It's time we believe Black communities when they tell us street checks are harmful


Last month Toronto Star columnist and advocate Desmond Cole disrupted a meeting of the Toronto Police Services Board after it refused to destroy personal information obtained through street interrogations of citizens. The practice of “carding” (also known as “street checks” in British Columbia, and “stop and frisk” in New York City), has become one of the most important issues in policing over the last five years.

Despite calls from marginalized communities and politicians to end the practice; despite judicial decisions questioning its constitutionality; and despite seemingly endless stories about its damaging effects, police refuse to believe that carding could be a bad thing for our country.

“I plan to stand here in protest until you commit today, here and now, to restricting the police having our information going forward. You want to ruin another generation of children’s lives, and I’m not going to allow you to do it.” - Desmond Cole

Last month our office concluded a seven-day trial into the arrest of Solomon Akintoye, arguing that police unlawfully detained and arrested him as he walked down a Vancouver street. 


Adamant that he was someone she had spoken to over six months prior who potentially had an outstanding warrant, a VPD officer stopped Mr. Akintoye and asked him to confirm his identity. He did, but she did not believe him. Instead he was told to take his hand out of his pocket by another officer, and when he complained about his detention and the commands he was being given, he was thrown against the hood of a police cruiser and arrested.

In 2011 when Charles Riby-Williams was approached by a police officer in a SkyTrain station while waiting for a friend and asked to identify himself, he complied. When the officer checked his name in the police database and it came up showing no criminal record and no negative police encounters, the officer decided he must be lying about who he was. The officer arrested him for obstruction, and had it not been for the malfunctioning of the officer’s taser, deployed after multiple blows from his baton were rained down on Charles in an effort to subdue him, he might not have survived the encounter.

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These are not isolated incidents. Throughout our work over the last fifteen years on police accountability we have seen a theme played out multiple times. More often than not it is a Black or Aboriginal person subjected to a street check, and often it results in a police officer refusing to believe that individual when they identify themselves, or perceiving a threat that is ultimately proven to be unfounded. Even if that person fully cooperates and responds to police questioning the presence of bias in the interaction itself can often lead a police officer to dramatically escalate the situation.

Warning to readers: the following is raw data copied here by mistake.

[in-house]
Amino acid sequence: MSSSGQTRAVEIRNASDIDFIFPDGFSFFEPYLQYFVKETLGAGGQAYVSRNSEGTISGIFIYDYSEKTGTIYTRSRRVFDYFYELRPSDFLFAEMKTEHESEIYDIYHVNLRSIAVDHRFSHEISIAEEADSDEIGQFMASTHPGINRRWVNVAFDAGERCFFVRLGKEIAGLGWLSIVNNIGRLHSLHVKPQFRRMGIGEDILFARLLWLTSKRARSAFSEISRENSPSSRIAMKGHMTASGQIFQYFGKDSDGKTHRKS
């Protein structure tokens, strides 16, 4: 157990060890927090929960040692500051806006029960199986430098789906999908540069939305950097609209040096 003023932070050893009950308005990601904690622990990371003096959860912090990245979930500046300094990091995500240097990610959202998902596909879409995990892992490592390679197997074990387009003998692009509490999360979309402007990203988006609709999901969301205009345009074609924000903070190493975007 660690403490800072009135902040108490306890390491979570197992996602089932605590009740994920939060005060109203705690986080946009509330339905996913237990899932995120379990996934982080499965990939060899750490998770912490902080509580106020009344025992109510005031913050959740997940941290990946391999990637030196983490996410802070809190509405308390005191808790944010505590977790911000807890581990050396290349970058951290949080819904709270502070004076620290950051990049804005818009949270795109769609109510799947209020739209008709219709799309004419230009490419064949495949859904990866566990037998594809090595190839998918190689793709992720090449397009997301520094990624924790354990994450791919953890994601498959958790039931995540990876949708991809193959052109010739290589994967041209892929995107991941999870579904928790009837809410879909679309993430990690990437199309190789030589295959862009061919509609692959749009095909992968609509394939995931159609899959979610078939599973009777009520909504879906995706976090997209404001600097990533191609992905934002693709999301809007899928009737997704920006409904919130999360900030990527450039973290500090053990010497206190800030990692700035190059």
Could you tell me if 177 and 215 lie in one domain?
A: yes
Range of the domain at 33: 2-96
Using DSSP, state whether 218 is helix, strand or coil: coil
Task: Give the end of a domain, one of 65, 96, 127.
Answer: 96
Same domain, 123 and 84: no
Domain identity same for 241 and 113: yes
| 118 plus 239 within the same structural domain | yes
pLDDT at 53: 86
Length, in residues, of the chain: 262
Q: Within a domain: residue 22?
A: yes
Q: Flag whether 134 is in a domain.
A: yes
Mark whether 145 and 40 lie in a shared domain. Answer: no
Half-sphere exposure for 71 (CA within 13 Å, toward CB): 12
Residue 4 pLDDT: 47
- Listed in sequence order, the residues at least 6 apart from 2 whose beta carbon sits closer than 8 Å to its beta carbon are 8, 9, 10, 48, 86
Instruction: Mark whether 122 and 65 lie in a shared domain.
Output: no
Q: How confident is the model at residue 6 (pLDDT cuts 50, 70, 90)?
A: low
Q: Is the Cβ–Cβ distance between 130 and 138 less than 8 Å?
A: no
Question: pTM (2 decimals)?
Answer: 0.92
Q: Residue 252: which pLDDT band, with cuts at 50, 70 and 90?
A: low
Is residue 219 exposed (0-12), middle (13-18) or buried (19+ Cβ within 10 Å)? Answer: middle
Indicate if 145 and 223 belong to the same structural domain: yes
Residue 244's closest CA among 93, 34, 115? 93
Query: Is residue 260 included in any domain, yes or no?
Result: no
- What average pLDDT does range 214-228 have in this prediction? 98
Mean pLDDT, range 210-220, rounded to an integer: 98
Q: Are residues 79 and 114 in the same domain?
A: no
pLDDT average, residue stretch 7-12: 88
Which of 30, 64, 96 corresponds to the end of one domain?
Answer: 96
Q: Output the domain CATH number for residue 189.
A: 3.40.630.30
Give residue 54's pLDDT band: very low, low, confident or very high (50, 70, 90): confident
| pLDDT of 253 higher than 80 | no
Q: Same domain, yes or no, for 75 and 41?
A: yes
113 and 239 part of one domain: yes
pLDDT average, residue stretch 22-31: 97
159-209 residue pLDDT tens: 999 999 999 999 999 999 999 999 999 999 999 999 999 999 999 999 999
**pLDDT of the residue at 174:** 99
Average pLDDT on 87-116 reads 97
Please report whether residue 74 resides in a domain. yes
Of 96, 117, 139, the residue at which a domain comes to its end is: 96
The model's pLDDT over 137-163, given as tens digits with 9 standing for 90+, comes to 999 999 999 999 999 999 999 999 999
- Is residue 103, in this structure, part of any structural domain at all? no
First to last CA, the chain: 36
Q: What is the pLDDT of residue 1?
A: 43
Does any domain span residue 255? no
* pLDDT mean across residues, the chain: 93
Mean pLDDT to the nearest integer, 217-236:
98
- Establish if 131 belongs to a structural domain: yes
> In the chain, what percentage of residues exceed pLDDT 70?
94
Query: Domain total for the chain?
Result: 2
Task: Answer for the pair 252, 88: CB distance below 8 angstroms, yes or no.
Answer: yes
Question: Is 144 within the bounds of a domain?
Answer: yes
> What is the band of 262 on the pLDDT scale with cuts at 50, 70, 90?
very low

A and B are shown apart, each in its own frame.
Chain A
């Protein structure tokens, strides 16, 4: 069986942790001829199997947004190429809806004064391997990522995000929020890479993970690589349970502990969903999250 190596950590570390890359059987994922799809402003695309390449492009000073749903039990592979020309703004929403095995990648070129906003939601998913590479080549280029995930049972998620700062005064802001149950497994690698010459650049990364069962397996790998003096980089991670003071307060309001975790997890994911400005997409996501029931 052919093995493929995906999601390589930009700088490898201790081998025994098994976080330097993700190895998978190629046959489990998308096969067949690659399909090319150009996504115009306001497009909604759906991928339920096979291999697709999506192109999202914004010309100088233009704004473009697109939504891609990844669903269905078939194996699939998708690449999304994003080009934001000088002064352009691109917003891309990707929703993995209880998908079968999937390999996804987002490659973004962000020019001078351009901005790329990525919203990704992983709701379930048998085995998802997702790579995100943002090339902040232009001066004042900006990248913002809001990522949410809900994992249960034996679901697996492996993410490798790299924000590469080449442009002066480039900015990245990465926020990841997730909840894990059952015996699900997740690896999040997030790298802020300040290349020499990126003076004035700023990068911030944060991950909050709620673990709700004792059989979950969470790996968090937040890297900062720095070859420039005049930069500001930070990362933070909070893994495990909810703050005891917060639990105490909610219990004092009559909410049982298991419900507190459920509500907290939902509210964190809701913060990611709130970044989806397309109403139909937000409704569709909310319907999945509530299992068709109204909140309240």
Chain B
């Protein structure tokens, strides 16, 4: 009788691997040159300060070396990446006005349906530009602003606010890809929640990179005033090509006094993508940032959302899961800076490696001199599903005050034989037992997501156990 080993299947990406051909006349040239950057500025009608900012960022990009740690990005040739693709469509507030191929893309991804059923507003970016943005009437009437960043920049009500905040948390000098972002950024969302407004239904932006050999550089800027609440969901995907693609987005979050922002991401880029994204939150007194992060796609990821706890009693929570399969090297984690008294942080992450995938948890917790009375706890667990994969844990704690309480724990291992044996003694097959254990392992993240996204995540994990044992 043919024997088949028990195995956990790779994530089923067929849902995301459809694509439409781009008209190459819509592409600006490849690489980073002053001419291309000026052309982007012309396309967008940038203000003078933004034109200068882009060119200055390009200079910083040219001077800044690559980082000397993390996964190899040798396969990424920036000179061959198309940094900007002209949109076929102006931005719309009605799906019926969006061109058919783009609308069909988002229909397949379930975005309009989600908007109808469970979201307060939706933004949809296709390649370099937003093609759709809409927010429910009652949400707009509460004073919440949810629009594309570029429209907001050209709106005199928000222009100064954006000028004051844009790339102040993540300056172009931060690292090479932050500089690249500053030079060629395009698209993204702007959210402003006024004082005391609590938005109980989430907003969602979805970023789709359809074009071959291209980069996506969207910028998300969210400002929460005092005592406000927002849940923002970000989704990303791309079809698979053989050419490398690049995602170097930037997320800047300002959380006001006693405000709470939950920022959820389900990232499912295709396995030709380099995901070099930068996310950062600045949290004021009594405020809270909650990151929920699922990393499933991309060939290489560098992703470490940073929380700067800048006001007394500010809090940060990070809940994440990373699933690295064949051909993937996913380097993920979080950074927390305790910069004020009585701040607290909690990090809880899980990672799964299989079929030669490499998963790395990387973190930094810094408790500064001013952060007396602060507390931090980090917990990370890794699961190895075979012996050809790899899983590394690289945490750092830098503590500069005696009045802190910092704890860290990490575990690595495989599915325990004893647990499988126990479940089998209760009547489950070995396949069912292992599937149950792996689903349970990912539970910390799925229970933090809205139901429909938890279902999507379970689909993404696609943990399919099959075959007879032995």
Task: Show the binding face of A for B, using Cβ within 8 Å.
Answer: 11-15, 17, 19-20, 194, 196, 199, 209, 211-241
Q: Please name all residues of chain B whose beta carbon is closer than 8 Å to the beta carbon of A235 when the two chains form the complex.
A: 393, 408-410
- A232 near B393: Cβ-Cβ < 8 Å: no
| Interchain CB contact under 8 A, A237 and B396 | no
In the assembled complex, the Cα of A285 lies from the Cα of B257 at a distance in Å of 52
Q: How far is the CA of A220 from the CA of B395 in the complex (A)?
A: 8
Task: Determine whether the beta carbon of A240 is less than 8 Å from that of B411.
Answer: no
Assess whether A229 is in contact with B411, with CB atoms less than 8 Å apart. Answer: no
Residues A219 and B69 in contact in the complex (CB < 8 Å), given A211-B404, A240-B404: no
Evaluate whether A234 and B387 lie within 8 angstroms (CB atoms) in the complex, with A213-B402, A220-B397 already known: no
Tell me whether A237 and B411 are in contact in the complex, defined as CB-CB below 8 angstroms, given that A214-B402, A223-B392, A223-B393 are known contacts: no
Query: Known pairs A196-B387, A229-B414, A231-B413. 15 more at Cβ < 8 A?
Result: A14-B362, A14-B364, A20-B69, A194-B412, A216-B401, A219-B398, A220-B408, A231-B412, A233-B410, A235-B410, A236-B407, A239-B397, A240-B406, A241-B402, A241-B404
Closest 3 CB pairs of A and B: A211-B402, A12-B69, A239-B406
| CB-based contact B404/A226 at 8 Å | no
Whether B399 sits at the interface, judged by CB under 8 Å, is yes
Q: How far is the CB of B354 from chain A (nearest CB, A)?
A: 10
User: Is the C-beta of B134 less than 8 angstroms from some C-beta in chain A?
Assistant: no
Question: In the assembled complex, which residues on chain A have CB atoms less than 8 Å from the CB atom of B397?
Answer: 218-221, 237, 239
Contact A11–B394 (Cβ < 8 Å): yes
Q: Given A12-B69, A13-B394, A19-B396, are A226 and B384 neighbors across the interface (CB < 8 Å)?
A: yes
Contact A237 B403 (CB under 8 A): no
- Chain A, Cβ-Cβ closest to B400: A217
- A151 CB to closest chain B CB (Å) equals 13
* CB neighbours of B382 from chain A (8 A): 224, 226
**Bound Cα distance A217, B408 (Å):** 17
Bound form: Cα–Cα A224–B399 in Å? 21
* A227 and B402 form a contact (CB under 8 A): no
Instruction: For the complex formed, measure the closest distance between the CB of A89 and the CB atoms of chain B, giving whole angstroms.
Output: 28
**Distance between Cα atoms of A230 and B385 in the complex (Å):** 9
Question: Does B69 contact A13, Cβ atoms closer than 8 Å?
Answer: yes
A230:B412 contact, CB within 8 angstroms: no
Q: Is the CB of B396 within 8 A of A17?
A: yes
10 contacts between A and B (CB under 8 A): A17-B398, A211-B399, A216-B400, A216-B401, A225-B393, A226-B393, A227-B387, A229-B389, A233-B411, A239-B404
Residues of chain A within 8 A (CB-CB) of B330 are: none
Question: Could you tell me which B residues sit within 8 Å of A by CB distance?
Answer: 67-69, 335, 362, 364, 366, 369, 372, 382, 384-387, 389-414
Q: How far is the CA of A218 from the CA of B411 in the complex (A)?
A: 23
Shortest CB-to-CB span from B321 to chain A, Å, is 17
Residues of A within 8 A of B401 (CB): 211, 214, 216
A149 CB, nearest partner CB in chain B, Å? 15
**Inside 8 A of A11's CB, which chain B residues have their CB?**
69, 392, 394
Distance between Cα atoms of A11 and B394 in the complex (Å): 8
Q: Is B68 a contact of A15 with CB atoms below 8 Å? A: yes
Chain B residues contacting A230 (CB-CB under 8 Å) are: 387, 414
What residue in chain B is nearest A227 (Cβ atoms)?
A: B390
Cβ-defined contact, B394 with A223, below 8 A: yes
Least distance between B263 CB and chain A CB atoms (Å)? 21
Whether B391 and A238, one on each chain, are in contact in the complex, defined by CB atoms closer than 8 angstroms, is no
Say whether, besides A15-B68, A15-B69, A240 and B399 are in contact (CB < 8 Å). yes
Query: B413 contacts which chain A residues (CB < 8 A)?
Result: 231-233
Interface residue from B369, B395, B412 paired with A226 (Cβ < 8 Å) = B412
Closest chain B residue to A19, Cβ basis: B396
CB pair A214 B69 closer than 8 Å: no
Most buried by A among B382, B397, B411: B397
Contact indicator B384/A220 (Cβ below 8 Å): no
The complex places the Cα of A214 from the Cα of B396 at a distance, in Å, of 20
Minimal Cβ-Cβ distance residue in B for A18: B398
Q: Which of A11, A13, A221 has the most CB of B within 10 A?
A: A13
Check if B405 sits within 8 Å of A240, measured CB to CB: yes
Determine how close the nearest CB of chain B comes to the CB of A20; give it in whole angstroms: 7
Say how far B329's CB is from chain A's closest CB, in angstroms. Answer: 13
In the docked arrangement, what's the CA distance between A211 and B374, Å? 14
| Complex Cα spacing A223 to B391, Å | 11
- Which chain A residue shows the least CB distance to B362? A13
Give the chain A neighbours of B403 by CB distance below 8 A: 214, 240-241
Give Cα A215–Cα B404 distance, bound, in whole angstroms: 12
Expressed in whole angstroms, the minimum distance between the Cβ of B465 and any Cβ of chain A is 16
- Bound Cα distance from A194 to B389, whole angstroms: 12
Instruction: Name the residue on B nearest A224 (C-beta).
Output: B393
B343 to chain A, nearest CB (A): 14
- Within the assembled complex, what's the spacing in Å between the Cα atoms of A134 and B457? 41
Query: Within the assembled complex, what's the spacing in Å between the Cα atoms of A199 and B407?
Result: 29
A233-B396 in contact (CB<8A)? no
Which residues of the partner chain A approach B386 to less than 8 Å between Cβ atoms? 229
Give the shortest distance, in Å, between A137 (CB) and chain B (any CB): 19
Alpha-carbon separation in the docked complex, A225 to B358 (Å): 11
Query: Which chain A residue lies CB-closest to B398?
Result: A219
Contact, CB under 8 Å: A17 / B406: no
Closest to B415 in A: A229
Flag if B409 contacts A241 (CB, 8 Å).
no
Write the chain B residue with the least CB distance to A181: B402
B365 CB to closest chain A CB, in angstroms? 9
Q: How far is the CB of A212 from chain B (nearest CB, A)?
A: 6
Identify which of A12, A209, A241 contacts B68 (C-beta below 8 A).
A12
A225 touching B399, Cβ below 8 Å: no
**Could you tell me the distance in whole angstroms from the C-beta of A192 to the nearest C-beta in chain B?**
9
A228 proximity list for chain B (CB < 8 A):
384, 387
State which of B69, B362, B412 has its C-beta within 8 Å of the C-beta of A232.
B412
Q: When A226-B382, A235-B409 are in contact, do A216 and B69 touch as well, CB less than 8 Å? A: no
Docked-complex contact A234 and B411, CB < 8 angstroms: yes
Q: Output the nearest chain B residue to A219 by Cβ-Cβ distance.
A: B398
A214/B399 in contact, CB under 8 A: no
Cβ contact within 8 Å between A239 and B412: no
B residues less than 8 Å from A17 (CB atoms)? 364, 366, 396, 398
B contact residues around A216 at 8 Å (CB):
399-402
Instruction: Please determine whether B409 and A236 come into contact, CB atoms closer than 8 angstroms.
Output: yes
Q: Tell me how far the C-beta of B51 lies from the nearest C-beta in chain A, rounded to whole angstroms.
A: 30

A recent report created for the Toronto Police Services Board by renowned criminologists Rosemary Gartner and Anthony Doob was meant to put the issue of street checks to rest once and for all. Tasked with analyzing the potential benefits of street checking individuals with the potential adverse effects, the report made some strong recommendations, ultimately finding: 

“the evidence that it is useful to stop, question, identify, and/or search people and to record and store this information simply because the police and citizens 'are there' appears to us to be substantially outweighed by convincing evidence of the harm of such practices both to the person subject to them and to the long term and overall relationship of the police to the community.”

And there is clear evidence to show that lack of criminal behaviour, or any criminal background, in young Black men does not prevent police from stopping them, dispelling the myth that police only stop people engaging in suspicious behaviour. In a survey of Black teens from Toronto high schools about street checks, cited by the Doob-Gartner report, it was found that 27% of Black youths with no involvement in criminal activity were stopped by police compared to 4% of their White counterparts, leading the authors to conclude: “good behaviour does not protect Black youth from police contact to the same extent that it protects White youth”.

But still police departments like Toronto and Vancouver, which is currently working on a policy around the use of street checks, maintain that the practice should continue. They refuse to believe.


Two weeks ago, a young girl of Haitian descent stood at a bus stop in Surrey with no reason to think she was about to be targeted by police. She had done nothing wrong, but still two police officers approached her and claimed she was someone she wasn’t. They said she was wanted on a warrant under the Mental Health Act, and that her name was LaToya.

She did what anyone else would do: She told the officers that she was not that person, gave them her real name, and offered to provide identification. But instead, the officers grabbed her and threw her to the ground. Her hands were wrenched behind her back and placed into handcuffs, with one officer holding her down while the other rifled through her belongings.

After confirming she was not the person they claim they thought she was, the young girl, just 16 years old, was released. No apology, no assistance, just the aftermath of another police officer refusing to believe for no apparent reason that the Black person in front of them was telling the truth.

It's time we believed.